We put in below the rapids out of Sunset Lake at 2:30. By 3:00, we had paddled the three kilometers down to the “road” as it crossed the river at the south end of Ramhill Lake. There is a definite wetland feel to the area; it reminded us of the Peterbell marsh area on the Missinaibi River. Three beaver dams presented the only interruptions to our easy paddling.
We kept looking for grazing moose, but none were to be seen. We would see our first (and only moose) of the trip on Day 5 as we were approaching Admiral Falls just north of the outlet of Little Missinaibi Lake. We had expected way more, given that this was the world’s largest game preserve! [See the Benoits’ Boreal In Peril – The State of The Chapleau Game Preserve) for a troubling assessment. They have also produced a brief video accessible on Youtube here.]
We set up camp on river left after clearing away some alders. A light rain had us setting up the Granny apple green silnylon über-tarp first and then putting up the tent underneath. Some packs went underneath the overturned canoe and others into the vestibule areas on both sides of the tent. Then it started raining in earnest for a while, so we had a late afternoon siesta, lulled into nap mode by the raindrops hitting the tarp.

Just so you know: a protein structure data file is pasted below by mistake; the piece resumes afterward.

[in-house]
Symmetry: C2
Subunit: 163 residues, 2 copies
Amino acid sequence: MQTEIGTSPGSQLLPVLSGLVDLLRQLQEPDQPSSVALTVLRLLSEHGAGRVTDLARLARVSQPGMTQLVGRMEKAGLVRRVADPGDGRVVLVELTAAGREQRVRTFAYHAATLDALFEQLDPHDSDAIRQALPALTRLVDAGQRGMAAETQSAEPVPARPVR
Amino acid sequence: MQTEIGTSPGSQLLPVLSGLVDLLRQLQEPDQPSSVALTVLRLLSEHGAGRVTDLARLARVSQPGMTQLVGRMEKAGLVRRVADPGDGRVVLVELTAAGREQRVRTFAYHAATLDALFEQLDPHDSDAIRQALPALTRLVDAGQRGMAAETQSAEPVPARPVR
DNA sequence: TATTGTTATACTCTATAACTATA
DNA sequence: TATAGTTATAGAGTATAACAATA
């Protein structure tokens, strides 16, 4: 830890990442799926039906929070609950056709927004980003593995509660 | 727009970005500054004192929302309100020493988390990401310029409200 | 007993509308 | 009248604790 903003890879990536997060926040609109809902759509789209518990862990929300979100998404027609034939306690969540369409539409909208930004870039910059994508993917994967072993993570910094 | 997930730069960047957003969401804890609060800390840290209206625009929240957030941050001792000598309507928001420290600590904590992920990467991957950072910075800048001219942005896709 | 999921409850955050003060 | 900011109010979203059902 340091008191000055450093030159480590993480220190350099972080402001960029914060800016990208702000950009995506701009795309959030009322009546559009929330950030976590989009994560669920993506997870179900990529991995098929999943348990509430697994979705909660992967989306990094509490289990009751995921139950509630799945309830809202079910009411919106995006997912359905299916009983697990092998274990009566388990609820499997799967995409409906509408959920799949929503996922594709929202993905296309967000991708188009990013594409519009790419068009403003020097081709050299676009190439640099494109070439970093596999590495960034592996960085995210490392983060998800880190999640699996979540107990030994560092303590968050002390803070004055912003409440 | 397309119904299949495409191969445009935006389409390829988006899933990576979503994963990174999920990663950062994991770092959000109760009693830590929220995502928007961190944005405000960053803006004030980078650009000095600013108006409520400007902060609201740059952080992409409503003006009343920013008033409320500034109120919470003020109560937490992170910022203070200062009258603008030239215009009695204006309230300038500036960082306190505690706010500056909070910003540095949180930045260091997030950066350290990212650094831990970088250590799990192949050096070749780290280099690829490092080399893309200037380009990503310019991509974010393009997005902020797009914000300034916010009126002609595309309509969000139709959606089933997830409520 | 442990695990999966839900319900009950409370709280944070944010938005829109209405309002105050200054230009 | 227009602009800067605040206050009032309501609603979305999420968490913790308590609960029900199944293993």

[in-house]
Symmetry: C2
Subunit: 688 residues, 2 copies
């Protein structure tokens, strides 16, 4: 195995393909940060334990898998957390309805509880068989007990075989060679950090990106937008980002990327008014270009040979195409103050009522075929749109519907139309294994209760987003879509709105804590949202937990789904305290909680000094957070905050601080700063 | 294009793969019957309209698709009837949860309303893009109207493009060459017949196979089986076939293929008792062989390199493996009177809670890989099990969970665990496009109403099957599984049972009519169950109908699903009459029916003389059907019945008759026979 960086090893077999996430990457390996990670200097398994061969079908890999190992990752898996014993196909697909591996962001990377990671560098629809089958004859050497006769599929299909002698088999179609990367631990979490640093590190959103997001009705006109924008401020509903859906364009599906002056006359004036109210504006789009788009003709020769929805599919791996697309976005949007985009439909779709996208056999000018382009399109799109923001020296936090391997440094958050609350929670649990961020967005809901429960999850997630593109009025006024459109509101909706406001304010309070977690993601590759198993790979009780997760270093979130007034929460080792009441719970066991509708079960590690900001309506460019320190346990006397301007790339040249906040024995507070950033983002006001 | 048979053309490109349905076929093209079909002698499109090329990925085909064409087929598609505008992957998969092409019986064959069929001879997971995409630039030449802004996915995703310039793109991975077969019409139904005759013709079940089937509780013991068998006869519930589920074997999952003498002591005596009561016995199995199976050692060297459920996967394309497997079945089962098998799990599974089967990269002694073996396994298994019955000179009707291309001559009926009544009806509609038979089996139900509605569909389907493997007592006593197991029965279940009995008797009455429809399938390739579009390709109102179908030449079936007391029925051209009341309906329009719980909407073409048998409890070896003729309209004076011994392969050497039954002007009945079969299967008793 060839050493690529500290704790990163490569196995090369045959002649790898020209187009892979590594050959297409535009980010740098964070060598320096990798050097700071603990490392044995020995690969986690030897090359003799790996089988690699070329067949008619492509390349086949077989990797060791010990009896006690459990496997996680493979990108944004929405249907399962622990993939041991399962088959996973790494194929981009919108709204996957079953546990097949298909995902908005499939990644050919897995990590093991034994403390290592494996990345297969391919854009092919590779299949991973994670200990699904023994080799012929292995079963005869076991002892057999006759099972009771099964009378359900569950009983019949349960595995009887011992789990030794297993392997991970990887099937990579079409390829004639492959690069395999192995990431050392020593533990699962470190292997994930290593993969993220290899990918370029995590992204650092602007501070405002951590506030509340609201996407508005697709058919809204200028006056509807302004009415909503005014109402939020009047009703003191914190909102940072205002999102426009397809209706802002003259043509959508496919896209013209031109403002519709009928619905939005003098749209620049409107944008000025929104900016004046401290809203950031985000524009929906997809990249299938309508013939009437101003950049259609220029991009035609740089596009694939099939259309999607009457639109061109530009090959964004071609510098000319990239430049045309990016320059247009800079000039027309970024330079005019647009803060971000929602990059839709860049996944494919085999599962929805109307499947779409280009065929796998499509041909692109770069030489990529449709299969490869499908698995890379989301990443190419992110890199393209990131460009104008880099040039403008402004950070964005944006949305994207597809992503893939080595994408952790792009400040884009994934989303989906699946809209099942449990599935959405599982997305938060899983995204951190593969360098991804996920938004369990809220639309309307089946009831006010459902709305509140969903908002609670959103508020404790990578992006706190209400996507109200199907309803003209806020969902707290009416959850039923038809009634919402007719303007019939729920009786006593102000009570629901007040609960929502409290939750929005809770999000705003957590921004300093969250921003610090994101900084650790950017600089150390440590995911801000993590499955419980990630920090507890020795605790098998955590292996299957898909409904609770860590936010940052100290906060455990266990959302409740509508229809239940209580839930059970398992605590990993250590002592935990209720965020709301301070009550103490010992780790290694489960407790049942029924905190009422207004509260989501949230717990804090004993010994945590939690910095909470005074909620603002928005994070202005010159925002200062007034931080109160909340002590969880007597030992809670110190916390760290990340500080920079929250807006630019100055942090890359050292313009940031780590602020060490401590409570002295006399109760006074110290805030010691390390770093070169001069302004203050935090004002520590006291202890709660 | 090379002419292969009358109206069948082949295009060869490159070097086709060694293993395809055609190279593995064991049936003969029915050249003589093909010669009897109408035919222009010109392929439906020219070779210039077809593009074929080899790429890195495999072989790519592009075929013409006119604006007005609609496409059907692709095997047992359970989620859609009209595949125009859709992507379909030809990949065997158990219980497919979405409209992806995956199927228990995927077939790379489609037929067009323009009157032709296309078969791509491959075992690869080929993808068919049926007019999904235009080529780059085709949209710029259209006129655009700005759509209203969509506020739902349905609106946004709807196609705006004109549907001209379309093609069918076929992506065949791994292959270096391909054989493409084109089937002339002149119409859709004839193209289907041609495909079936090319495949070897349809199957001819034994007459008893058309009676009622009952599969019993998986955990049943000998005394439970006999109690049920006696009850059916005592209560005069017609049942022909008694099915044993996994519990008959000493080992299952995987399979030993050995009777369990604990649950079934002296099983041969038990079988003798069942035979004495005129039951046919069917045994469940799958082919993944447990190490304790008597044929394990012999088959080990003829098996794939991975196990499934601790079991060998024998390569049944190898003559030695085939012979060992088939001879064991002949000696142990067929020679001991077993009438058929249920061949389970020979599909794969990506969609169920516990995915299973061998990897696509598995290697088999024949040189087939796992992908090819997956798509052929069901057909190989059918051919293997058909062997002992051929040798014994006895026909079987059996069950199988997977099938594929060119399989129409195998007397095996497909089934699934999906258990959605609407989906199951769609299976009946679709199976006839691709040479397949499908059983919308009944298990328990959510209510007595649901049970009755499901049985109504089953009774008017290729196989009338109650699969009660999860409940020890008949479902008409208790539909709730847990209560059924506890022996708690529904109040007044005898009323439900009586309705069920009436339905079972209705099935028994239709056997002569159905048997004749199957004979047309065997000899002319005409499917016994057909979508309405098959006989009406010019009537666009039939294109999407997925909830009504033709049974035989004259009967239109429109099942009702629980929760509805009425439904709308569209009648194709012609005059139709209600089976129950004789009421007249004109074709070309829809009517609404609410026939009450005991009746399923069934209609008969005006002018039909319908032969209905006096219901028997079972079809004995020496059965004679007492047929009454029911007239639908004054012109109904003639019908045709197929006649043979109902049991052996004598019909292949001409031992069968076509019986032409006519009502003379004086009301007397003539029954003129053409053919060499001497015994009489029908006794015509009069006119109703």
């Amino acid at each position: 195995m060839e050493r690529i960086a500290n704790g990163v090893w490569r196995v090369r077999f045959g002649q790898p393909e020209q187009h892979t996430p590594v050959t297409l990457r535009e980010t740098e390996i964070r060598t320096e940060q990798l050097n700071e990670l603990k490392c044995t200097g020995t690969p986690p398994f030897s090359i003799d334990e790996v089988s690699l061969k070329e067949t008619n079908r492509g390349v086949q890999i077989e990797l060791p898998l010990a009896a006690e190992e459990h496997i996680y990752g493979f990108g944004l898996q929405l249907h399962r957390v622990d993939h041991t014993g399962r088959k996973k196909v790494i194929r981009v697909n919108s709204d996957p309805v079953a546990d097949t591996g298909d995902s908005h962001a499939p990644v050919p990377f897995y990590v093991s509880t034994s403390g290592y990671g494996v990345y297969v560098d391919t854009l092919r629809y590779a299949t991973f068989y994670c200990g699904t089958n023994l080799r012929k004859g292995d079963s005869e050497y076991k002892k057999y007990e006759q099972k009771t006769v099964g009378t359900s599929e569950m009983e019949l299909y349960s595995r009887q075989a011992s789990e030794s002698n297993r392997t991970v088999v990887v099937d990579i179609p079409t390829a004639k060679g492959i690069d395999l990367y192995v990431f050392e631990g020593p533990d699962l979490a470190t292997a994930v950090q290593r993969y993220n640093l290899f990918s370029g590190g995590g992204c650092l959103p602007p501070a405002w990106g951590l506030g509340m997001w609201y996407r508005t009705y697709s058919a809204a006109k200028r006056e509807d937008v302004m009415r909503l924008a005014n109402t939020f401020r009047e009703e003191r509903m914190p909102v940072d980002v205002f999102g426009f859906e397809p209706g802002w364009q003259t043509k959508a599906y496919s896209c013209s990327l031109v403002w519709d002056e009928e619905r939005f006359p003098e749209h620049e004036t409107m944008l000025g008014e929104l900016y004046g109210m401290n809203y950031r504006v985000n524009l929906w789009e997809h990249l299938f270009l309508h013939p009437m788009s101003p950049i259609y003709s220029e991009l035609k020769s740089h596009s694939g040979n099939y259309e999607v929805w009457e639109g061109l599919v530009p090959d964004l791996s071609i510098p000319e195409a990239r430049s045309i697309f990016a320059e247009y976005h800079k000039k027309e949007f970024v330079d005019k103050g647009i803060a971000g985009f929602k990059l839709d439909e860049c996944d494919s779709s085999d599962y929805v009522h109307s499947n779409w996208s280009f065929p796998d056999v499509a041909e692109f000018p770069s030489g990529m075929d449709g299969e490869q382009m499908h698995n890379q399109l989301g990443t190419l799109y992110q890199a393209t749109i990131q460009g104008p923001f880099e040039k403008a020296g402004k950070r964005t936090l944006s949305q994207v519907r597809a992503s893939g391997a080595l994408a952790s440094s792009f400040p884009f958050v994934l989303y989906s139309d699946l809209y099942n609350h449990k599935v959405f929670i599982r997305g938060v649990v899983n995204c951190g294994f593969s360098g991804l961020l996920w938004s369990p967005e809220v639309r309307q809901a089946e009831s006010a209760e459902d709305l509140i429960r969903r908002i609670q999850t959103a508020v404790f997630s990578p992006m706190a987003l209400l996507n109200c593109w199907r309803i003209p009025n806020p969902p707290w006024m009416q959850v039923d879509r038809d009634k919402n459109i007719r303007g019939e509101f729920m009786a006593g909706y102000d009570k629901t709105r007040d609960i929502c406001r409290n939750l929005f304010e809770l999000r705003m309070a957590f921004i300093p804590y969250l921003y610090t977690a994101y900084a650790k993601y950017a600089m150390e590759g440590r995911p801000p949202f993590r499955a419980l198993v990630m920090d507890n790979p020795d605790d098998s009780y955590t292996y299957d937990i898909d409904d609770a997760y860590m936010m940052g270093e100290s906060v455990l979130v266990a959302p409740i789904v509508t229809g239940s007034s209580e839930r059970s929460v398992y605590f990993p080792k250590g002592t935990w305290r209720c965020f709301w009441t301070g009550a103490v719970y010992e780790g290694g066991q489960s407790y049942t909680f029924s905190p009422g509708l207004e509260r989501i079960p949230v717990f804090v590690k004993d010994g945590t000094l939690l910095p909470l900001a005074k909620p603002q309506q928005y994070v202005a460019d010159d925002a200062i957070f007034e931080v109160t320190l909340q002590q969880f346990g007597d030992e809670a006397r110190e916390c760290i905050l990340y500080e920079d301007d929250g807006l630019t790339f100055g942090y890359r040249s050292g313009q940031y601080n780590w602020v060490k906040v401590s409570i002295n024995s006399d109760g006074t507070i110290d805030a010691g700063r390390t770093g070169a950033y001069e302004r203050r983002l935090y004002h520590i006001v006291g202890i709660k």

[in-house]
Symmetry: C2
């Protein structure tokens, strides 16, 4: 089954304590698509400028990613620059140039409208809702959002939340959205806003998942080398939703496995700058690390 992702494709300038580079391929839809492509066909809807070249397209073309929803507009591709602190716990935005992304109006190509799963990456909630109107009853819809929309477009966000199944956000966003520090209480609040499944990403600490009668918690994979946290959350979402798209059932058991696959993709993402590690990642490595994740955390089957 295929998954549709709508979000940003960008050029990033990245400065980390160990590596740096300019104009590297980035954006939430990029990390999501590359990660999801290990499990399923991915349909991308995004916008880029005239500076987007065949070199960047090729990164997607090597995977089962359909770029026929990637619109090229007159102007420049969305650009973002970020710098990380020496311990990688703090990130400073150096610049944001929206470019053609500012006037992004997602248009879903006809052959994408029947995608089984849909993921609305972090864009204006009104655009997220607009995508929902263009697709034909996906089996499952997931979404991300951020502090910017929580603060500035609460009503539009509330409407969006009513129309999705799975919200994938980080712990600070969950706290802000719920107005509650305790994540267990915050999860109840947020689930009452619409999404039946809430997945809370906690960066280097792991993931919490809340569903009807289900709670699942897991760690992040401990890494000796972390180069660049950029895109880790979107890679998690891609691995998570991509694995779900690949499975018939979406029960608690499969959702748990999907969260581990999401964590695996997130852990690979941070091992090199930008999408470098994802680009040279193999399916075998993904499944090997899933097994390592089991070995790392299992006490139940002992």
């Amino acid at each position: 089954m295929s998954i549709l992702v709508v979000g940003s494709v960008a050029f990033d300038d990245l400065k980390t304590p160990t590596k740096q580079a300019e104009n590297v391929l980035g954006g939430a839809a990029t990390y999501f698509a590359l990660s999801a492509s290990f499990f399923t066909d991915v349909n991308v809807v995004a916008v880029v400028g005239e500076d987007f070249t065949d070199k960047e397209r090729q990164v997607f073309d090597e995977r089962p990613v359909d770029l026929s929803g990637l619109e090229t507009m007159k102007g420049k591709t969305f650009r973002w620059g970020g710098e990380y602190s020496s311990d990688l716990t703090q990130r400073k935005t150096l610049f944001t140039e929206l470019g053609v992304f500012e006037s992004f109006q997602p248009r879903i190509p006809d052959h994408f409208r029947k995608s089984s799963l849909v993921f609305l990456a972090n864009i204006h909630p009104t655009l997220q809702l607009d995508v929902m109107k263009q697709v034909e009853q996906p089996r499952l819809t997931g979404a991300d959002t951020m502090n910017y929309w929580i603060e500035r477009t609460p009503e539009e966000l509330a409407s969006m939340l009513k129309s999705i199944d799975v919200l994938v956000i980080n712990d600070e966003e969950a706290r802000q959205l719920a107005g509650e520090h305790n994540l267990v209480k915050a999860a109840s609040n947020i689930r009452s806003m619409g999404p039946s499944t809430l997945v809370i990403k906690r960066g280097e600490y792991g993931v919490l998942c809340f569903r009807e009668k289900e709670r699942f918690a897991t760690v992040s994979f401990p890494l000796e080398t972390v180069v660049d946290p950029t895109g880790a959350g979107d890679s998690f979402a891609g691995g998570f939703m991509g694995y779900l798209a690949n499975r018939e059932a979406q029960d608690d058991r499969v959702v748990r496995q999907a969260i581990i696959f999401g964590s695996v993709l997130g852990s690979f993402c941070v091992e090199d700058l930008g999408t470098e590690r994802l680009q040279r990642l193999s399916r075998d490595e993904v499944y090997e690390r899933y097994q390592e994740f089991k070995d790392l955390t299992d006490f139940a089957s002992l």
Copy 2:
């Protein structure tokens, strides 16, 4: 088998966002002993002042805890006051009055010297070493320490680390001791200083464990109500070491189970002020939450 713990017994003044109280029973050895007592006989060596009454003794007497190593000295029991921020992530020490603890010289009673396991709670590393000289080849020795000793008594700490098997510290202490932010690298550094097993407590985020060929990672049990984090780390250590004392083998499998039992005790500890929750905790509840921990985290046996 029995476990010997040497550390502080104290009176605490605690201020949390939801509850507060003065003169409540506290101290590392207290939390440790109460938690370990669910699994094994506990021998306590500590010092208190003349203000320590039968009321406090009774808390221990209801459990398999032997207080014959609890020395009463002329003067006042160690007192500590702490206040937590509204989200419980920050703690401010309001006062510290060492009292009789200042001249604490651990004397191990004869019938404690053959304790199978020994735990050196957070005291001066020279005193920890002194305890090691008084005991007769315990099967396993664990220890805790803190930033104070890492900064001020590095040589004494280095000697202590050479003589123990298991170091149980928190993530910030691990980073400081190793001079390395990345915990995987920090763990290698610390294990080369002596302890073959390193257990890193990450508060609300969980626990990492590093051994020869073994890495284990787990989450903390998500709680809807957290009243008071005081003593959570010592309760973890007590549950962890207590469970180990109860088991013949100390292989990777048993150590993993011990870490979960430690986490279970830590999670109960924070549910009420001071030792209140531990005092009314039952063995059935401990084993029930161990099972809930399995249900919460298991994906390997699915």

Later on, the sun was back out and the day ended clear and sunny. Thirty meters behind the tent on the remnants of the once-logging road, we put up our new Eureka NoBugZone for the first time. While we didn’t really need to – since the black flies and mosquitos were not that bad – we figured it would be good to learn how to do it before the evening came when we really needed it up in a hurry!
As you can see from the image below, it definitely looks like a first effort. It would take us a few set-ups before we caught on to the right things to do and look for. Click here for the best set-up – it came seven nights later!
Day One had gone pretty much as expected. The 1:50,000 topo maps for Day Two promised a different kind of day as we left the wetlands and a negligible elevation drop to more dramatic drops in elevation. There would be some work to do as we continued down a section of the river that few – if any – canoe trippers have done lately. How much work we would soon find out!
Next Post – Day Two: From Ramhill Lake To Below Rawhide Lake